"Jenny!" commanded a distant male voice. I thought I saw her flinch just a little. "Bring that man in here now!"
She—Jenny—glanced up for just an instant, revealing deep dark brown eyes. Then she lightly touched my arm as a natural gesture to enter, and I stepped into another world.
As the door closed behind me, Jenny stepped forward to lead me down the hall. I realized I had crossed the boundary into incredible wealth. I strode over fine Persian rugs over marble inlaid floors, past rare Renaissance paintings and ancient Greek sculptures that seemed more museum pieces than home decorations. And everywhere there was dark wood, utter silence, and the smell of fine cigar smoke and rare old brandy. The very walls themselves exuded it.
Jenny walked ahead of me, as silent as the house itself. She turned right into a large room lined floor to ceiling with bookshelves. A fire burned briskly in the stone fireplace at the far end. Behind a large mahogany desk a stern old man sat facing me; seemingly well into his seventies, with a hard craggy face, thick main of white hair, and a clearly once muscular physique. A fresh cigar was burning in an exquisite glass ashtray whose value I wouldn't attempt to estimate, despite having made careful studies of the things I myself hoped to own someday. A depleted Baccarat crystal decanter sat beside a large, empty snifter glass.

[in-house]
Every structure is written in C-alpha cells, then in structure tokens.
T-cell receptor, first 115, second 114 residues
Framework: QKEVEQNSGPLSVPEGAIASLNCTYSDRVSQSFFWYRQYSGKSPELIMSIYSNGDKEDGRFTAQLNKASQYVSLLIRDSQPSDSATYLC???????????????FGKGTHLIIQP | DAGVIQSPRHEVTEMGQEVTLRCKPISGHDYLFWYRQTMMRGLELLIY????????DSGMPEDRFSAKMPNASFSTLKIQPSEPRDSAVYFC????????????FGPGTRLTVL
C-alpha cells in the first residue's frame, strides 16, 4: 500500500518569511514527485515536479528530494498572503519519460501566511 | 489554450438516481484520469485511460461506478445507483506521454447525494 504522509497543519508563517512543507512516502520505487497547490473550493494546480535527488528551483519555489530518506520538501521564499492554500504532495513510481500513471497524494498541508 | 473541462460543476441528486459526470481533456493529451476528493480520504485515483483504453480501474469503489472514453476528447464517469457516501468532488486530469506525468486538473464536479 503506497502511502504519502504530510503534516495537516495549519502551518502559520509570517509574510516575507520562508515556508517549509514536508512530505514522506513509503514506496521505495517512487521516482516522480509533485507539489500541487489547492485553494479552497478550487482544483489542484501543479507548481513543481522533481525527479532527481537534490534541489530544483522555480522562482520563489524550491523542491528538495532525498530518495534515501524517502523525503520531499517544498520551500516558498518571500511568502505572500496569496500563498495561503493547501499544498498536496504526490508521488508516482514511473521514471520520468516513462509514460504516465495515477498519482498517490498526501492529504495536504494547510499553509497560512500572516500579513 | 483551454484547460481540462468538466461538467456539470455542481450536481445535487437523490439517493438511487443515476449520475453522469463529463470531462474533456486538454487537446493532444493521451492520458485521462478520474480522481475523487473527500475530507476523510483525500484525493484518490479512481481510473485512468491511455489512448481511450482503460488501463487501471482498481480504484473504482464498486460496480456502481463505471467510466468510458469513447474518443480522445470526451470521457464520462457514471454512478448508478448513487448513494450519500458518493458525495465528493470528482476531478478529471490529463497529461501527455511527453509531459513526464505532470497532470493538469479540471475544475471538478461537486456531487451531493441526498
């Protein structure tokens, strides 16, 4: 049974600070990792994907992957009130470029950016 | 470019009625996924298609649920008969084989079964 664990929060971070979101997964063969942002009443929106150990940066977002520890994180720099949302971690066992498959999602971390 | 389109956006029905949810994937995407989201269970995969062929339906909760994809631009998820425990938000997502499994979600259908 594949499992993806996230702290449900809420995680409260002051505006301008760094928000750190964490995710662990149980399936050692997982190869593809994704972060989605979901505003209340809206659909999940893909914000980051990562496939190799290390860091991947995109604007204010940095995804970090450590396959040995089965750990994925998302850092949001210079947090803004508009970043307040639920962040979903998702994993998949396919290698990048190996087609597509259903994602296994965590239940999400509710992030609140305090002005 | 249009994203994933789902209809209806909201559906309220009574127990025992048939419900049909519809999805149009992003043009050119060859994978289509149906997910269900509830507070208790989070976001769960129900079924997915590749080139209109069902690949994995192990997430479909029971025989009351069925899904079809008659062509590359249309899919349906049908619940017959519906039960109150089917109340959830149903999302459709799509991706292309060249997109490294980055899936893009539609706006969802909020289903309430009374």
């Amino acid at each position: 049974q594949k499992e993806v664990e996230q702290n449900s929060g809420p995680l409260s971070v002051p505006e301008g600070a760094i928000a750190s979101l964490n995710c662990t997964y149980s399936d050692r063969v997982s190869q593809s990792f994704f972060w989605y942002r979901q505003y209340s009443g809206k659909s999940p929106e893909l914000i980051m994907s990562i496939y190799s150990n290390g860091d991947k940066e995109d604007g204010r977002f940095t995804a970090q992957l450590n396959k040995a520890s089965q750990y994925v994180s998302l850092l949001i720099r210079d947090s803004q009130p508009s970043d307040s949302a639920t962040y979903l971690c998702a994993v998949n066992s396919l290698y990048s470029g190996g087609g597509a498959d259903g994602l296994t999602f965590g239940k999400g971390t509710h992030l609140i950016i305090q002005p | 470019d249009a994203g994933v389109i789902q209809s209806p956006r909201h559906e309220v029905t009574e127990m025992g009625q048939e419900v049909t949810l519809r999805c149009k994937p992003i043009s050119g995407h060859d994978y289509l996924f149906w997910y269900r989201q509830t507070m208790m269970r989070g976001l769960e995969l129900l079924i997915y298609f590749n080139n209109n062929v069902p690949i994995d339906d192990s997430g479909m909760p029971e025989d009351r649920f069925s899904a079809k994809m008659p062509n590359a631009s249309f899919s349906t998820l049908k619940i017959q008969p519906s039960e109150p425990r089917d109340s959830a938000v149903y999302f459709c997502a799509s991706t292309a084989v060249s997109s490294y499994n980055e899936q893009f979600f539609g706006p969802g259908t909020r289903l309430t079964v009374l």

"Mr. Atherton?" I ventured.
"Of course!" he snapped at me. "Who else?" Swiveling in his leather chair, he curtly addressed the girl. "Get out!"
Quietly she left the room. I realized she hadn't spoken a single word to either of us since my arrival.
"Don't just stand there!" he barked at me. "Give me those damn papers!"
I sensed I was in far over my head in this situation. Instinctively I emulated the girl and silently approached his desk, handing over the portfolio.
I ceased to exist as Atherton quickly read through the pages. I involuntarily tensed when he growled over a couple of passages. At one point, he glanced up at me with an unreadable expression. I suspected he was either going to offer me a seat, or else he was trying to find the most vulnerable spot to put the knife into me. In the end he did neither, merely returning his attention to the remaining pages. I studied a large collection of antique fireplace pokers he kept near the burning hearth—priceless, no doubt.
Grabbing an ornate fountain pen Atherton finally scrawled his signature on the documents. I saw him briefly struggle to hold that writing implement, as if perhaps his right hand was cramping in arthritic pain. It didn't slow him down as he thrust the portfolio back at me commenting, "I want my copies back by Wednesday. You know your way out. Goodbye!"